In the summer of 2012, the idea behind Mutual Aid Film was just taking shape. A few months later, a crew of passionate individuals would meet for the first time in a small living-room to discuss our visions for this project, traveling to Haiti, and what we would do there. Throughout the process of our growth and development, there has yet to be a more potent emotional whirl-wind for me than that of physically getting to Haiti.
Moments blur together between rising tides of chaotic thought. I carry deep affections and seeds of doubt, both the size of my backpack, which is roughly the size of me. My backpack holds the weight of my bearings, and I struggle to even lift it without the threat of toppling over – which happens on occasion. My eyes are huge saucers of wonder and fear. My heart pulses loudly as every human emotion courses through my body in jolts and waves. My mind oscillates between profound humility and bumbling illusions-of-grandeur. Inside, I am like a storm.
The “Seatbelt” sign flashes on and I’m gnawing on a pen. Everything feels imminent, but I keep my awareness just above the cerebral water. Then the plane takes off and Time shrinks. When we land we are thrown into foreign territory. We navigate through it all, but underneath I am swimming in a torrential inner-violence of strong winds and crashing ocean waves on some delicate shore; two elemental worlds colliding on the shore of another and everything from pebble to plant is whipping around, caught in winds and thrown rapidly in all directions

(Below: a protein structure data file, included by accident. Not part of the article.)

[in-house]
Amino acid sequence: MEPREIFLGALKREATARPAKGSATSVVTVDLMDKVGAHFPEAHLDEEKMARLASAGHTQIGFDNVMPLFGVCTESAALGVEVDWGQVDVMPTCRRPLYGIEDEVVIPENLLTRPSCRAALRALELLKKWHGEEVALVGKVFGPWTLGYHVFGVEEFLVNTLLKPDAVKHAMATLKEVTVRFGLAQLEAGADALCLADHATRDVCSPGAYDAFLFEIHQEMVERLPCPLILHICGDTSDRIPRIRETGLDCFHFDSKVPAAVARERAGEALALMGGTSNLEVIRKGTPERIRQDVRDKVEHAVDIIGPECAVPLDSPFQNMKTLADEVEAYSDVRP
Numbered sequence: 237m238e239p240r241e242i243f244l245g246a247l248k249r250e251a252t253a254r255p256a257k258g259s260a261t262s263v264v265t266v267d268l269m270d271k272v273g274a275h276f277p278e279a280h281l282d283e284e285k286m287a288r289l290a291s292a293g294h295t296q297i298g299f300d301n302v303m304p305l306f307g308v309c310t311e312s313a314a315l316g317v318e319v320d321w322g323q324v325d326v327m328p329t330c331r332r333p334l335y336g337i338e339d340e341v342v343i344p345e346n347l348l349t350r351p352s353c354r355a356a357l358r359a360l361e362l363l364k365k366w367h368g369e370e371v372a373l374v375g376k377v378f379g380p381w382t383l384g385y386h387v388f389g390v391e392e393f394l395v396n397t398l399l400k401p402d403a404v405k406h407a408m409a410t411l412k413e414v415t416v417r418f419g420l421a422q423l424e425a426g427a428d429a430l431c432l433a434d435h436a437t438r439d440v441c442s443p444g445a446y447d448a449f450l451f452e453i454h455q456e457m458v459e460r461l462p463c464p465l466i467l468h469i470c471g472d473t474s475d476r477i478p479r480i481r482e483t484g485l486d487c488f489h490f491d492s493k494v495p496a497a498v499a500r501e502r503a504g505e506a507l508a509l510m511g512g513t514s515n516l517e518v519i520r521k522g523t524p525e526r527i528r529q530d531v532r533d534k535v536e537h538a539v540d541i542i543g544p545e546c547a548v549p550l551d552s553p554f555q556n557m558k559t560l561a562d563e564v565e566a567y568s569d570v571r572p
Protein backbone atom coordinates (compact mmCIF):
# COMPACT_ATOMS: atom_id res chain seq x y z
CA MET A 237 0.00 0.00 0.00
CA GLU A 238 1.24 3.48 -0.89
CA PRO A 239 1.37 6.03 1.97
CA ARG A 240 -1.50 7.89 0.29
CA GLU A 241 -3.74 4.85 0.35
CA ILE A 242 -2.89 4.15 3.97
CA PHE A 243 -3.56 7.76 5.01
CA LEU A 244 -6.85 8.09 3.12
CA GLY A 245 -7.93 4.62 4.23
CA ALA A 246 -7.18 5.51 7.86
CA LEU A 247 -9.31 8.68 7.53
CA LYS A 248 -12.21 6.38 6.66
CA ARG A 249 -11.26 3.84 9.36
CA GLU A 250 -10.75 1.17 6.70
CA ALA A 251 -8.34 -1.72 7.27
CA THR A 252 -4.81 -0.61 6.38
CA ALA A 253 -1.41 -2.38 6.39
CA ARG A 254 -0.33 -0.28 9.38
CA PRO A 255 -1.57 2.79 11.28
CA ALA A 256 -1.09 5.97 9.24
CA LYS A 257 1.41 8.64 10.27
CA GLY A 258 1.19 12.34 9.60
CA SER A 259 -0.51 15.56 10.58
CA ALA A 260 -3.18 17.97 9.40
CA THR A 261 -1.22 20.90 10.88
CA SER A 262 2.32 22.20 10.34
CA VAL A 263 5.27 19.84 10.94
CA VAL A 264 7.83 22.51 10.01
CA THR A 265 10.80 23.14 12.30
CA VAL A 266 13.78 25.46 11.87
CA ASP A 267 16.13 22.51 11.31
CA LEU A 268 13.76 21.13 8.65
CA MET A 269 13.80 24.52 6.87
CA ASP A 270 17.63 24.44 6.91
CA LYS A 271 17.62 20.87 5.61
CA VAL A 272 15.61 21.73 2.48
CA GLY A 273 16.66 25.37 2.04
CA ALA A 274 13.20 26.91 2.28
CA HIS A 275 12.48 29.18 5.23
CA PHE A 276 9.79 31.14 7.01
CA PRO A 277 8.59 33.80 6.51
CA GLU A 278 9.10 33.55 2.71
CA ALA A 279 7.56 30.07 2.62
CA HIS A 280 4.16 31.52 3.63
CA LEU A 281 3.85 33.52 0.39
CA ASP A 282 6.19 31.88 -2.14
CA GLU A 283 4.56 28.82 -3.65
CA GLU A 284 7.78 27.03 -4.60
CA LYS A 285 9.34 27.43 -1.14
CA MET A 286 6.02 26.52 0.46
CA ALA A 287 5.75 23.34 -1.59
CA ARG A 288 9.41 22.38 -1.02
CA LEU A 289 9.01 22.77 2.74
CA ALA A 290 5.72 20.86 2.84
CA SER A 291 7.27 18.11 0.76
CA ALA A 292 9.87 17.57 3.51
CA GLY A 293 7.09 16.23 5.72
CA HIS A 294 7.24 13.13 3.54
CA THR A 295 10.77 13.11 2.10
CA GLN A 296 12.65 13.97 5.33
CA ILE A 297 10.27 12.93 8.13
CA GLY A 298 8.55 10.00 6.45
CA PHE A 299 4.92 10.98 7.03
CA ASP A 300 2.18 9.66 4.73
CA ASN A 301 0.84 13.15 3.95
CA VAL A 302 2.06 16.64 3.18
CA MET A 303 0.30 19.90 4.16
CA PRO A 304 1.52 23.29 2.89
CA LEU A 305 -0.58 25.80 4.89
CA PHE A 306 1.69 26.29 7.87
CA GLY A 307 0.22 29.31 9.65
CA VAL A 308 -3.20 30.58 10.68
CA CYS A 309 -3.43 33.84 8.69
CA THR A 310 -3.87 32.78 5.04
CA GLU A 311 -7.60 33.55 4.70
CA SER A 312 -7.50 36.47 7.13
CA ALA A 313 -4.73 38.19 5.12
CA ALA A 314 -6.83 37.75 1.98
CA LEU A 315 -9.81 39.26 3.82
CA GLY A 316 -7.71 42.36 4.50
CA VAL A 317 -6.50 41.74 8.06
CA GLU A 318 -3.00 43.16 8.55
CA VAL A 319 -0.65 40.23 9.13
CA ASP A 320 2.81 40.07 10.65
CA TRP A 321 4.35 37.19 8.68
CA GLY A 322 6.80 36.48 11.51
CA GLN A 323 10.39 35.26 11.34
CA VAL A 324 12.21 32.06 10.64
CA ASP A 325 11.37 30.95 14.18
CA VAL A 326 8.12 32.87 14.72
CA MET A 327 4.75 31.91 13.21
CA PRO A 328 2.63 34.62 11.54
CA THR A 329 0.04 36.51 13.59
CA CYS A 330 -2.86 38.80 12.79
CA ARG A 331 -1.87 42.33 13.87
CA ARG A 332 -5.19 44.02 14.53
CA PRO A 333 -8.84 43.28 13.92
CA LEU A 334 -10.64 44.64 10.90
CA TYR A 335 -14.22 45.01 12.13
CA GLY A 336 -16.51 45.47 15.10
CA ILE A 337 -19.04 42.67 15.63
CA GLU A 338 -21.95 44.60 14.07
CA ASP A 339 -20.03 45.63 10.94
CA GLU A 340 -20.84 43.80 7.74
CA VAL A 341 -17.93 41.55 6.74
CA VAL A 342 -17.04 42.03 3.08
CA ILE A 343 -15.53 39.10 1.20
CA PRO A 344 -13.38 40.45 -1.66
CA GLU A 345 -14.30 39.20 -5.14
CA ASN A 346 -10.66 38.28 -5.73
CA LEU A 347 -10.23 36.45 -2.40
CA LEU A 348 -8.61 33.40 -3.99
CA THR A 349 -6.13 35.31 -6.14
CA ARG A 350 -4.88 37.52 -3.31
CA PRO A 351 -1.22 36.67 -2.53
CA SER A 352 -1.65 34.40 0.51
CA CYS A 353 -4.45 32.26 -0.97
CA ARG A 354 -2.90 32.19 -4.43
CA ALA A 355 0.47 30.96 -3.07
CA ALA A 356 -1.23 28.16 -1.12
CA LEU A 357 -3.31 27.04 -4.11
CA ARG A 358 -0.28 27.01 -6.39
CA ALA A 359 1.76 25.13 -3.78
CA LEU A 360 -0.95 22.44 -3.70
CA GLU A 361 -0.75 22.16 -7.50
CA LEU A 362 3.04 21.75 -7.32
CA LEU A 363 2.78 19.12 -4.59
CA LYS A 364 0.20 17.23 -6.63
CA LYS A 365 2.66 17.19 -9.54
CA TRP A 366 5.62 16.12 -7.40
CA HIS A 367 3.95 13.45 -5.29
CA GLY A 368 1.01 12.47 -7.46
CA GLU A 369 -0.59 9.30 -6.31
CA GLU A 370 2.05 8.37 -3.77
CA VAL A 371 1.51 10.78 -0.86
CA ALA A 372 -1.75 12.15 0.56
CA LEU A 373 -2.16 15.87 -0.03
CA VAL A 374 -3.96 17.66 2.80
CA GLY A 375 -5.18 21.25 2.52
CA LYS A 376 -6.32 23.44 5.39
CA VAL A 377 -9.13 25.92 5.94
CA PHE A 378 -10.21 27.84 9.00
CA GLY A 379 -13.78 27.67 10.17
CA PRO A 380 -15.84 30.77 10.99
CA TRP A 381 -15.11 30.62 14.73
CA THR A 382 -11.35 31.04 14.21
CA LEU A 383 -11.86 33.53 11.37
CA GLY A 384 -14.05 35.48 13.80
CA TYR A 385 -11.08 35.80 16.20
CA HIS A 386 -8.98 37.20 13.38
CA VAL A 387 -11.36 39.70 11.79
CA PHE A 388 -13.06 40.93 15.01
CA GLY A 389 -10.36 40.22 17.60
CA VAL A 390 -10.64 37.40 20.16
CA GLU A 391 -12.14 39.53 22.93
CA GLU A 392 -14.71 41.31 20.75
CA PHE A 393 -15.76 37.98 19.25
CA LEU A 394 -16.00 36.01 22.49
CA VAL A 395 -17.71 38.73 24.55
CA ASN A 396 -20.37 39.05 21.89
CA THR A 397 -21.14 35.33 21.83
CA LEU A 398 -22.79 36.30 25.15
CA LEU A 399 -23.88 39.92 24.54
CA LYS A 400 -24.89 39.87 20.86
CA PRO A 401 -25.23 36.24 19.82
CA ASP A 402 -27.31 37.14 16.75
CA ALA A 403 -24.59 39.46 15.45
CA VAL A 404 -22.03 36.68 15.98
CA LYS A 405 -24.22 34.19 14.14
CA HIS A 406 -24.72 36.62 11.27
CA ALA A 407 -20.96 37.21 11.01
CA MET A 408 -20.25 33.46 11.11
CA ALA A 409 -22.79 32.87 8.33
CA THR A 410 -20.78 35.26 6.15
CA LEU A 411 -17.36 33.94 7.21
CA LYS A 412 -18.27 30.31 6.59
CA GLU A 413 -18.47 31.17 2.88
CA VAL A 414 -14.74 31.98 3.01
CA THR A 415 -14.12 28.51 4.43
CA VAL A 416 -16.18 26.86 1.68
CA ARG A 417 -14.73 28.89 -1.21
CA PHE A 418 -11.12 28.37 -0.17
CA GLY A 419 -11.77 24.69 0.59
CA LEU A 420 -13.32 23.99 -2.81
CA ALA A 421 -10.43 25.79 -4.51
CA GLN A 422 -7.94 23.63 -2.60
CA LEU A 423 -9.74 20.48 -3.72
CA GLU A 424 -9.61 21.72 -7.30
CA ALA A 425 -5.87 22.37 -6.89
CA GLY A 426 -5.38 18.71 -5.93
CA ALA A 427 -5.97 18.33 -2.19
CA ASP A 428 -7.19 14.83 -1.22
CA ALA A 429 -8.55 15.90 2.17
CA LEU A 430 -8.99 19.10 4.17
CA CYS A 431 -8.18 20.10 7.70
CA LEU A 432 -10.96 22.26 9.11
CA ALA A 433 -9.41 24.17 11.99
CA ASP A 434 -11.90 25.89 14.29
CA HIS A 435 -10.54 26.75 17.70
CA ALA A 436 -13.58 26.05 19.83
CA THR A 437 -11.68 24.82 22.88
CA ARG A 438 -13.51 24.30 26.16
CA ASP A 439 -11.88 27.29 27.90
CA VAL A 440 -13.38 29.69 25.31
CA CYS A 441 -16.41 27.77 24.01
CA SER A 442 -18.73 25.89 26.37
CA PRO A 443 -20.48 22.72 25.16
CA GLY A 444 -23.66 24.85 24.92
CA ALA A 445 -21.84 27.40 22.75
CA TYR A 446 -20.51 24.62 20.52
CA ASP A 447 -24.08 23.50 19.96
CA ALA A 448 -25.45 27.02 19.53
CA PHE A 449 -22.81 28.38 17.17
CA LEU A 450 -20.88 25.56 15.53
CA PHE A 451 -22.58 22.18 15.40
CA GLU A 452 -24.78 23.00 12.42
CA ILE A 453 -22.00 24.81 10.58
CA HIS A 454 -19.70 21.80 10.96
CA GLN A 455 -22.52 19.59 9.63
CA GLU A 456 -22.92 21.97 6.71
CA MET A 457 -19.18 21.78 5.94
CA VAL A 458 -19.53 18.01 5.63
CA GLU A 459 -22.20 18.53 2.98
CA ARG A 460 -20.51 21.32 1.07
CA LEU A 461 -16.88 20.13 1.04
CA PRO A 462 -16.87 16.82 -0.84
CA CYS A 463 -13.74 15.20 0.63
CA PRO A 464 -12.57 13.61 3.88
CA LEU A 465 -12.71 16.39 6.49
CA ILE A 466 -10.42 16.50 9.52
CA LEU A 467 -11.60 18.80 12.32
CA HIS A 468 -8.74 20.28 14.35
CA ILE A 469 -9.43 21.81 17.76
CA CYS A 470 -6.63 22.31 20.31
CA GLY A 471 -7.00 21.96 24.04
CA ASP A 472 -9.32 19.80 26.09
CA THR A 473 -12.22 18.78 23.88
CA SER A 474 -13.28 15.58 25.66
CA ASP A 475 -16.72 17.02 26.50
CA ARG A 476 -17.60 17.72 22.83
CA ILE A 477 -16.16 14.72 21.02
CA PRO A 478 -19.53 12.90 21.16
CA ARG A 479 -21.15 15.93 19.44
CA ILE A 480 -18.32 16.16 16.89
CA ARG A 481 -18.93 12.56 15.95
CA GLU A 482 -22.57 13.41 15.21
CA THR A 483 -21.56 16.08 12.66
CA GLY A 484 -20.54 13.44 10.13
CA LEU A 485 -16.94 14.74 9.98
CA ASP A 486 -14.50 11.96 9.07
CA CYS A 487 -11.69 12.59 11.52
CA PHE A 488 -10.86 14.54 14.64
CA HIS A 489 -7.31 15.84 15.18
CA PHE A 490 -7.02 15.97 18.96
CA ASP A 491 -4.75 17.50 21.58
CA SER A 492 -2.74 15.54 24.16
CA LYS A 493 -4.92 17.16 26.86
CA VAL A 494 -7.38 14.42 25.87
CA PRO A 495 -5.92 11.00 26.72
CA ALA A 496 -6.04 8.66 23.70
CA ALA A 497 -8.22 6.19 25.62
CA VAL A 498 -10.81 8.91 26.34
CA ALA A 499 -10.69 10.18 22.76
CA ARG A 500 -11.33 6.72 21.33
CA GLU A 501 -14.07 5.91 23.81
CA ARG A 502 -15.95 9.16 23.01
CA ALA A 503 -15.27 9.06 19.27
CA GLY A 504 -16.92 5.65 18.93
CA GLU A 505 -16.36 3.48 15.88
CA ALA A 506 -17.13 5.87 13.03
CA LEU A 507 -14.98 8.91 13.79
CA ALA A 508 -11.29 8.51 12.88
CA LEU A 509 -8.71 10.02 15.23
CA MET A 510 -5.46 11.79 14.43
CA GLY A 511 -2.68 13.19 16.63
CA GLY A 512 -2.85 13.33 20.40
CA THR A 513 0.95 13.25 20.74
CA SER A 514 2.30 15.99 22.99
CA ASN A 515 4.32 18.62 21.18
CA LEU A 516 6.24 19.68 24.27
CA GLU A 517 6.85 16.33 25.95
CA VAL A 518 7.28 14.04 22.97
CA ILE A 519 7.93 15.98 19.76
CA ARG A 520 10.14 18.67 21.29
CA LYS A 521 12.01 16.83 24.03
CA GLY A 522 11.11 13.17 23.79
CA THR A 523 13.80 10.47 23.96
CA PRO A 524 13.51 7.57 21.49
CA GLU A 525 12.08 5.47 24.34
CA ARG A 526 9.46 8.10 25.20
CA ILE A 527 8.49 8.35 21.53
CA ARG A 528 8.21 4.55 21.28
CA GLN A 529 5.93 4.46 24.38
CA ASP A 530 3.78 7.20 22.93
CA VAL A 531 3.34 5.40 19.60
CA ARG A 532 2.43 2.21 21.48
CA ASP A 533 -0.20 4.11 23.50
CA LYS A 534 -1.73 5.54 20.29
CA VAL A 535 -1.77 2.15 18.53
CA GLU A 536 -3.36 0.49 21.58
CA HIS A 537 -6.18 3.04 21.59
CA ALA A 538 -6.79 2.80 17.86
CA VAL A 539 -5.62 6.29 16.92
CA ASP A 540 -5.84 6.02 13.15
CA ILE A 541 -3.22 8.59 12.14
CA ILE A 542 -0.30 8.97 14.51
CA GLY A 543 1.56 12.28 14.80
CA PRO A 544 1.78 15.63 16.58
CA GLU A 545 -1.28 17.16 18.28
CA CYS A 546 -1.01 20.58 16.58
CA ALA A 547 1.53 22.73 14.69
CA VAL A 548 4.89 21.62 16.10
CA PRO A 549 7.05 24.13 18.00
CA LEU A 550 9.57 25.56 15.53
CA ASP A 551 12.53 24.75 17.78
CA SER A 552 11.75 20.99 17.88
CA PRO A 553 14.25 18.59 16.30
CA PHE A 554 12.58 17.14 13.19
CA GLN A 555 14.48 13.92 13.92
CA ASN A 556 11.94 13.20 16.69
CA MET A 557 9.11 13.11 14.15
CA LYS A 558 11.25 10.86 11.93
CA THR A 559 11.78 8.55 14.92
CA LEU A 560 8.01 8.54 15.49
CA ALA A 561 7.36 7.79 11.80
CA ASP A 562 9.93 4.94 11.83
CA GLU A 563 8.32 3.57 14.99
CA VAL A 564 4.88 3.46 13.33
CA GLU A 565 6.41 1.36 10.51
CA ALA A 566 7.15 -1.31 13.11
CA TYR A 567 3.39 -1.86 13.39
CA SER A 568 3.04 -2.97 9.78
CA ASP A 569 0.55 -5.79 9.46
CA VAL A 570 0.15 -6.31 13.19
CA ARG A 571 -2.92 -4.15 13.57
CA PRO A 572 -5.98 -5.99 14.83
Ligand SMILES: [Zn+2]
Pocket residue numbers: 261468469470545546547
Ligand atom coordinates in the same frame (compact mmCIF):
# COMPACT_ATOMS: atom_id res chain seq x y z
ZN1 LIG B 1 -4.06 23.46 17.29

Every landscape is moving outside of every window: subway train, airplane, taxi, bus, motorcycle – mountains, trees, oceans, fields, litter, kids playing, business suits. My heart is caught between my teeth and stomach. It rises and falls between the two in heavy beats – in sync with the tropical rhythms blaring from the Gwa-gwa Bus’s stereo on the ten-hour ride from Santo Domingo to Pedernales.
Since touching down in Santo Domingo, we’ve made connections with patient, peaceful folk. And yet in any given moment, I am revealed to myself in ugly ways: distrusting, guarded, frustrated with my own broken Spanish…. I am challenged even in the smallest of encounters. Communication involves staring at someone’s face to read their meaning, and repeating back words that stand out –whether or not I know the definitions. By the grace of some-kind-of-God, it works well enough to get us where we need to go.
From the border-town, I anticipate our crossing into Haiti. I imagine we will discover perceptions and ways of life that will disrupt our habitual modes of thought, and challenge our own “formas de ser” (ways of being). believe we share one world, divided by a third-world of perspective.